International Organizations and Research Methods: An Introduction (Paperback)
Scholars have studied international organizations (IOs) in many disciplines, thus generating important theoretical developments. Yet a proper assessment and a broad discussion of the methods used to research these organizations are lacking. Which methods are being used to study IOs and in what ways? Do we need a specific methodology applied to the case of IOs? What are the concrete methodological challenges when doing research on IOs? International Organizations and Research Methods: An Introduction compiles an inventory of the methods developed in the study of IOs under the five headings of Observing, Interviewing, Documenting, Measuring, and Combining. It does not reconcile diverging views on the purpose and meaning of IO scholarship, but creates a space for scholars and students embedded in different academic traditions to reflect on methodological choices and the way they impact knowledge production on IOs.
Fanny Badache is a Post-Doctoral Researcher at the Geneva Graduate Institute of International and Development Studies.
Leah R. Kimber is a Post-Doctoral Fellow at Columbia University and Research Associate at the University of Geneva.
Lucile Maertens is Senior Lecturer in International Relations at the University of Lausanne.
“This book is original and innovative, as it is the first companion to provide a broad and thoughtful inventory of research methods used in the social sciences and humanities to understand what international organizations are and what they do: so very helpful!”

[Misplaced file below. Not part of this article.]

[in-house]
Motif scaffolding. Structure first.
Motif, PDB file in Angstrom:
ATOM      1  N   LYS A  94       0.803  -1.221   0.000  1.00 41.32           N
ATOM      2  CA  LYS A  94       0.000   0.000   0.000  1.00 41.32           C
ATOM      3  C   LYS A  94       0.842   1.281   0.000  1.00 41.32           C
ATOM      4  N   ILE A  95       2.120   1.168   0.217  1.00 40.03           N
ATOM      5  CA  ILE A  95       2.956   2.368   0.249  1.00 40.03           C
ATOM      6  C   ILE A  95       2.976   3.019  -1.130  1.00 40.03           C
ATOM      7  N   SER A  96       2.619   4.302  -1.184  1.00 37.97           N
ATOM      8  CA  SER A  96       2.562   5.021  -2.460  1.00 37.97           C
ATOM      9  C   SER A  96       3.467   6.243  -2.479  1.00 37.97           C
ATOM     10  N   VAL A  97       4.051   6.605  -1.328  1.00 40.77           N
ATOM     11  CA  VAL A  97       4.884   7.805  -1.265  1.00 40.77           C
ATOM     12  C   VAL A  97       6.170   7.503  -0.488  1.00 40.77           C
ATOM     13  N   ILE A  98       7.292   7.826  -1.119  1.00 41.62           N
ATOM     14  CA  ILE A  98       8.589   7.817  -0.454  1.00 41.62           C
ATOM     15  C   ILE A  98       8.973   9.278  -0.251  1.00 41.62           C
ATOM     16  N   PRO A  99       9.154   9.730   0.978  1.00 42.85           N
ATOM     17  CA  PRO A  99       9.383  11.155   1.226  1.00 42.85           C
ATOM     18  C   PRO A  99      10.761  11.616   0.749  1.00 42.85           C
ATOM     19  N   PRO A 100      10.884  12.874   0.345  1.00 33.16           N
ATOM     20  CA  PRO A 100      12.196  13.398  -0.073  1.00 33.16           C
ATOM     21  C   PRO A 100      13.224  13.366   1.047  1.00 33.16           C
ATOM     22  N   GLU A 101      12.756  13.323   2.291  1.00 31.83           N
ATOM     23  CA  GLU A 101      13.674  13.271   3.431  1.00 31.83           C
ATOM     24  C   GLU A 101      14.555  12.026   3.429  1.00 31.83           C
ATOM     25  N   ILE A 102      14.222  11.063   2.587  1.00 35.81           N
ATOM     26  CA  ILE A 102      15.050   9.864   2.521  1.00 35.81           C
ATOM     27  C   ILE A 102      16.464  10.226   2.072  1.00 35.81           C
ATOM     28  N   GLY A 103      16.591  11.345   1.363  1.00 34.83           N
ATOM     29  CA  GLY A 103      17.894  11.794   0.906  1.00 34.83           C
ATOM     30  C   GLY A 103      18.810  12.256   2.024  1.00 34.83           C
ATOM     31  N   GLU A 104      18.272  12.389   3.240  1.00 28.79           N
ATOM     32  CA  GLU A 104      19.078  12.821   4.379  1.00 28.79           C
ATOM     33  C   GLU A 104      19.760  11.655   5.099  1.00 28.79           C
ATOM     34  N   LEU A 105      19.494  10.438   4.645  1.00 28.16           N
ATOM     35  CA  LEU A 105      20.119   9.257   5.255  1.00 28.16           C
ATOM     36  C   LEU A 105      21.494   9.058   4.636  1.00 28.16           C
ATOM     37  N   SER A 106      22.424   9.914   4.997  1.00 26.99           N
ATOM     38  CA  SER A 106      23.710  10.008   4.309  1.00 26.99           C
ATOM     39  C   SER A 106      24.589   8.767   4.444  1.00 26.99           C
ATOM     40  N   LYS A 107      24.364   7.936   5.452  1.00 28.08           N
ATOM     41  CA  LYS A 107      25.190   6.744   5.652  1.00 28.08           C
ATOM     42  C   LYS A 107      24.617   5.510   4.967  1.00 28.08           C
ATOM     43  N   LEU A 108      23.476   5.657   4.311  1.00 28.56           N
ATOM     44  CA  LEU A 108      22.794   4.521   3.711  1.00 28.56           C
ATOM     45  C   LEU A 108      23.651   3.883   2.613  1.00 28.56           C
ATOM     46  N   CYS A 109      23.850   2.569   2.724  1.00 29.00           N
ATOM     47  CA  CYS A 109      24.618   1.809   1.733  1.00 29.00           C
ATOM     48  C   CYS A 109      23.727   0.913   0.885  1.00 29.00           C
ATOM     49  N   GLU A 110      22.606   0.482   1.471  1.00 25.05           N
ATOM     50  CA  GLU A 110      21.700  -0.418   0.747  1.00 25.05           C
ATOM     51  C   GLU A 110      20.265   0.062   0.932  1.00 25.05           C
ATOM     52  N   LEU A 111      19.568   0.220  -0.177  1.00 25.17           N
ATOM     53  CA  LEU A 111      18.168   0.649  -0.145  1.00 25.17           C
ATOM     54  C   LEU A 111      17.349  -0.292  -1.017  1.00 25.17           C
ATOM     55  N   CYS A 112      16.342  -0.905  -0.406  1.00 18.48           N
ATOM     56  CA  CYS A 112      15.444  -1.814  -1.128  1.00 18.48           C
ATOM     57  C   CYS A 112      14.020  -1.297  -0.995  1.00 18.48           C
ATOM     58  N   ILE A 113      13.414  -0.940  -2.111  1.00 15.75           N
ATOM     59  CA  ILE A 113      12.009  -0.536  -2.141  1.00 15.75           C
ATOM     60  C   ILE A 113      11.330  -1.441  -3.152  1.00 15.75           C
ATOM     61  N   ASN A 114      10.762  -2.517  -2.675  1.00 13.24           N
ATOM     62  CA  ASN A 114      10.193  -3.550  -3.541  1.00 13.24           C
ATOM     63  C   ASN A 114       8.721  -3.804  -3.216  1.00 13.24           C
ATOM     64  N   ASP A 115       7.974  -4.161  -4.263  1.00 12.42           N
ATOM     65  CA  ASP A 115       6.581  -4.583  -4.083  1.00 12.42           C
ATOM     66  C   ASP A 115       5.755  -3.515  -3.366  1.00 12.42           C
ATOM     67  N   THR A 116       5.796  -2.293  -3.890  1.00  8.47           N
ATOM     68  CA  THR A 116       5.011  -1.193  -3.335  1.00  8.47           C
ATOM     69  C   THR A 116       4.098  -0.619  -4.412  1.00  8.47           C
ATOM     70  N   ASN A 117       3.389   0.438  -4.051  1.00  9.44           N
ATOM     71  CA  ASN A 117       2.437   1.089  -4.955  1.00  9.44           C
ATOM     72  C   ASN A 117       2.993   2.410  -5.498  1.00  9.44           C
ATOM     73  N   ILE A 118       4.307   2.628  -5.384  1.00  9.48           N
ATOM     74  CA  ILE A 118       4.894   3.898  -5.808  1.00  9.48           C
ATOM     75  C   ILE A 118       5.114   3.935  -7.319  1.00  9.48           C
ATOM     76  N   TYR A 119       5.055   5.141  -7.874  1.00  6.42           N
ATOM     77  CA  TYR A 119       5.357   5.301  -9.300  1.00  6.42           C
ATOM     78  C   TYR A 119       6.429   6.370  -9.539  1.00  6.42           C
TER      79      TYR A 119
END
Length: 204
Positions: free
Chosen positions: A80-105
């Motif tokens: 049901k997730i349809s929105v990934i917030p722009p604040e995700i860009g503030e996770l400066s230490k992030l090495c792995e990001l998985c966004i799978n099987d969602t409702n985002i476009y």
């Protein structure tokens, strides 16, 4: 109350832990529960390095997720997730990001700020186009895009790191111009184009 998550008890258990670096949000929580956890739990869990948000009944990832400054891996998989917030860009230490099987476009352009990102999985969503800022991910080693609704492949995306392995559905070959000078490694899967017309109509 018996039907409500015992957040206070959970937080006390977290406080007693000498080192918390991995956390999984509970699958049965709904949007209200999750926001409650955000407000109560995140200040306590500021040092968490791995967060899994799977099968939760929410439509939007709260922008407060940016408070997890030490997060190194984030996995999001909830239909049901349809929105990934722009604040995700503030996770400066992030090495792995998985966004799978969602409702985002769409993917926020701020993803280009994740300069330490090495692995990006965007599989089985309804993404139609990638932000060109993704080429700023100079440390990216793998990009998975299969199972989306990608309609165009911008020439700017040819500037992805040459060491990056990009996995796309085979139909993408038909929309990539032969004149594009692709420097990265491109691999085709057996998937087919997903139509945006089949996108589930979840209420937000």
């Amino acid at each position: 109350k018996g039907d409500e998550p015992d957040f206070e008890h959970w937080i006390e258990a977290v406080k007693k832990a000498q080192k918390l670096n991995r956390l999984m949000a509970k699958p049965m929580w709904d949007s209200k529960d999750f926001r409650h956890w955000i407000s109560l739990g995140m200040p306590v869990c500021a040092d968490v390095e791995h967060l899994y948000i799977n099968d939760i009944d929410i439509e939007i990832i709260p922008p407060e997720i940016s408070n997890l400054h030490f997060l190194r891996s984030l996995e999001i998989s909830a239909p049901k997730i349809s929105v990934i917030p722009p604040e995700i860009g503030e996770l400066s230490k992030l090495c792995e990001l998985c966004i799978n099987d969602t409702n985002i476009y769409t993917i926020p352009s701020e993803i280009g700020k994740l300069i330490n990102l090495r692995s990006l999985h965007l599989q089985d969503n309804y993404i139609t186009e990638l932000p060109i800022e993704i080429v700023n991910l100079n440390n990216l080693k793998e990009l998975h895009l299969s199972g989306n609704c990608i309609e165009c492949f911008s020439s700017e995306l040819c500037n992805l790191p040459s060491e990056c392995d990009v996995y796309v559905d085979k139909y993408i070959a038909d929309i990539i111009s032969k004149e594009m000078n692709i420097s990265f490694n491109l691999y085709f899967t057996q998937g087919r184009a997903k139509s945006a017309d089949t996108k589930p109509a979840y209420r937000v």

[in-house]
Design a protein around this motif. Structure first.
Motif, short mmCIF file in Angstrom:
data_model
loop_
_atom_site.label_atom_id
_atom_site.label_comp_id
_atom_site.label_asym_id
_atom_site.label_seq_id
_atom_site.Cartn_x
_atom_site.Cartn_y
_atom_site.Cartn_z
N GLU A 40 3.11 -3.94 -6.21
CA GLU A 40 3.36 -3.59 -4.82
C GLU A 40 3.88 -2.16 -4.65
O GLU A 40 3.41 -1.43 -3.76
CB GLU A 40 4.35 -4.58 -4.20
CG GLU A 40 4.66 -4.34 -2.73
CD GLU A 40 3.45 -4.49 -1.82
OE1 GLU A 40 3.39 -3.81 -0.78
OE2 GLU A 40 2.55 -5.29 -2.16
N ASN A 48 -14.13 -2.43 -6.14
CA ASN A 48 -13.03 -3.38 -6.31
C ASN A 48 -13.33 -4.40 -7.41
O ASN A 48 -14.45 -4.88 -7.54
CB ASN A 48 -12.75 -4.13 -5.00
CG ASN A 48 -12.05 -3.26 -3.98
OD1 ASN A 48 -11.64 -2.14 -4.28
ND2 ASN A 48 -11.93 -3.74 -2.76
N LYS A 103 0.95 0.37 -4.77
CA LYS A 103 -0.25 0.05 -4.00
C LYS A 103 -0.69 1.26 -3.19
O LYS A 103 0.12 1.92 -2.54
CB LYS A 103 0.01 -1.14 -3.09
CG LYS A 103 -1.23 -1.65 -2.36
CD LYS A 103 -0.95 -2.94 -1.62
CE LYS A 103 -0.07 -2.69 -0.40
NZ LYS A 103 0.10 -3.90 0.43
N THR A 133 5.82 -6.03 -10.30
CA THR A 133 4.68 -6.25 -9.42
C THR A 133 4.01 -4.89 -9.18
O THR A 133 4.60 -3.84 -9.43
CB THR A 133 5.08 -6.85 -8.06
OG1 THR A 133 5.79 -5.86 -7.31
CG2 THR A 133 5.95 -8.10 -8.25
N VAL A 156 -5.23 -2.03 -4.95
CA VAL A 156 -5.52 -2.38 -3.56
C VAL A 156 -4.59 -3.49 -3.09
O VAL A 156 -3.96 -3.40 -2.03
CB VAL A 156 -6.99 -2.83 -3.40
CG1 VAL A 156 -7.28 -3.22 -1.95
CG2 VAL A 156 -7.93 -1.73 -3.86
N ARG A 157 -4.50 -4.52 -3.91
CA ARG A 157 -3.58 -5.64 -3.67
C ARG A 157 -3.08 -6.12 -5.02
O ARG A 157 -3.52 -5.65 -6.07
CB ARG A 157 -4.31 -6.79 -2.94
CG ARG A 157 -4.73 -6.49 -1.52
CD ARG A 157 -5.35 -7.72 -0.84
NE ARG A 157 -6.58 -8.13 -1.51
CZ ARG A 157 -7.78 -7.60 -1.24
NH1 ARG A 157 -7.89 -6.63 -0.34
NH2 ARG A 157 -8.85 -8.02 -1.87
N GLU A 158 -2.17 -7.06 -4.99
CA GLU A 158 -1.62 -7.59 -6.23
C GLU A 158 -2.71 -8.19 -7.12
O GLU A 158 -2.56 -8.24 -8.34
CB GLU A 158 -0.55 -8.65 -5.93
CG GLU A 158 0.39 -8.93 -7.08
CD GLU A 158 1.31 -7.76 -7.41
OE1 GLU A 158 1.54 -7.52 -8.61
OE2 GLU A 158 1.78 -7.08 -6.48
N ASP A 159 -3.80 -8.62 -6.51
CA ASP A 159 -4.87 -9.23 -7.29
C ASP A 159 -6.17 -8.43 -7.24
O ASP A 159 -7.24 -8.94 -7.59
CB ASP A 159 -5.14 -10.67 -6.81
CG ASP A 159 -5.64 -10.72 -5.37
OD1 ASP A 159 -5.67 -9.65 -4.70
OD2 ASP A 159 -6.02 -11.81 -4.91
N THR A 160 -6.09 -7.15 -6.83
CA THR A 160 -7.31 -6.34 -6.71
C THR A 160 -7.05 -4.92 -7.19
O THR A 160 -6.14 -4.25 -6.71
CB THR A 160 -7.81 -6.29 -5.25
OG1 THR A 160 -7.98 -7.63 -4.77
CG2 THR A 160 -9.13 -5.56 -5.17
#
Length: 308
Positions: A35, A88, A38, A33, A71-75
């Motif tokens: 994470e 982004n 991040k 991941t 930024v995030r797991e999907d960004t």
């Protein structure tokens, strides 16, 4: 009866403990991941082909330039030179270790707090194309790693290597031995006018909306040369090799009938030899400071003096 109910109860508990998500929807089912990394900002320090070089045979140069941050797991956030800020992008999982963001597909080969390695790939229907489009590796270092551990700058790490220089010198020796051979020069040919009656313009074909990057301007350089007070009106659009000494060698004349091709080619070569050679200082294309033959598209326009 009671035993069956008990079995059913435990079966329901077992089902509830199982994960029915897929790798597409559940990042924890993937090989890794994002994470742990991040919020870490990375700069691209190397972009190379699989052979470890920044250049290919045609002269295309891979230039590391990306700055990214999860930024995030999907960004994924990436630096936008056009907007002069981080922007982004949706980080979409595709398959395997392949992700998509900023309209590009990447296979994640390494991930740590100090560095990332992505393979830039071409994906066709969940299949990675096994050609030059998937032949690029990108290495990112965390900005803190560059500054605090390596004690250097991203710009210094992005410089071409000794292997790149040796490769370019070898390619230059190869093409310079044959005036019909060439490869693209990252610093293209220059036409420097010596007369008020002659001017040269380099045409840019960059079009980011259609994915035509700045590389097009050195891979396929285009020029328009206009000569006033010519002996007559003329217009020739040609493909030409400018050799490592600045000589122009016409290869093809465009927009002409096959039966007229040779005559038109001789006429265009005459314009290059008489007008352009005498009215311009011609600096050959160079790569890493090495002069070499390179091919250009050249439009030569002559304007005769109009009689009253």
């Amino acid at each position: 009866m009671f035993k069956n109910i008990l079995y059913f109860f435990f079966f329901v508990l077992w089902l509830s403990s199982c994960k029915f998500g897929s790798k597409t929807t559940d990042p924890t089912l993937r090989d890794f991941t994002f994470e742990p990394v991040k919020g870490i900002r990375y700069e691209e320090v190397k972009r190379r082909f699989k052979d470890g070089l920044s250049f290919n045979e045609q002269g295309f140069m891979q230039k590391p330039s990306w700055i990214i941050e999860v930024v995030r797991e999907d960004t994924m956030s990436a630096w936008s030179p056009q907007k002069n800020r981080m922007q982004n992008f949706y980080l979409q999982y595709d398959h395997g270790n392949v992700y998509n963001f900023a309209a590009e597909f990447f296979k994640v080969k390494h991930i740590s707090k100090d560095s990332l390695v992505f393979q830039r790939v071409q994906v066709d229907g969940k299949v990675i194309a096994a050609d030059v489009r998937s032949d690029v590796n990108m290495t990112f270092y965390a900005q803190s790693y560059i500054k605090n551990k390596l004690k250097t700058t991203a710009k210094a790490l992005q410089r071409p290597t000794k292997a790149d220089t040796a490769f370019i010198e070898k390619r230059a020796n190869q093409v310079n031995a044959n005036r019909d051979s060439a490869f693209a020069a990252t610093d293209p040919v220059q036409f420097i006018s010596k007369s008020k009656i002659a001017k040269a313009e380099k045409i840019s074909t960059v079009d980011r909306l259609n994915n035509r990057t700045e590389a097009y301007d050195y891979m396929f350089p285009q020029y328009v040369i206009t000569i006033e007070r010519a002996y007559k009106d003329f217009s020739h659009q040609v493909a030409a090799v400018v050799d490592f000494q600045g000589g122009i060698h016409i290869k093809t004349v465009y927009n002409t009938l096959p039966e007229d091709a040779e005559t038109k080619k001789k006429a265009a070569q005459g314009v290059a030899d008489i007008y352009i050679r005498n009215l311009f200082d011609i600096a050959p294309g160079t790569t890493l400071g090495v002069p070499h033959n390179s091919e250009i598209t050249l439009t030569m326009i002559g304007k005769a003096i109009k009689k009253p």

—Bob Reinalda, Radboud University, Nijmegen, The Netherlands
— Bob Reinalda
“International Organizations and Research Methods fills a gaping hole in the IO literature and will be particularly valuable to graduate students and IO researchers with its diversity of methods and authors covering a range of UN specialized agencies and IOs in different issue areas and regions. The book's introduction provides a very useful overview of what the book aims to do and not do and how the editors define methods as a reflexive part of the research process. The innovative use of boxes is a great way to present specific tools and ‘tricks,’ including interviewing in a foreign language and analyzing tweets.”
—Margaret Karns, University of Massachusetts Boston
— Margaret Karns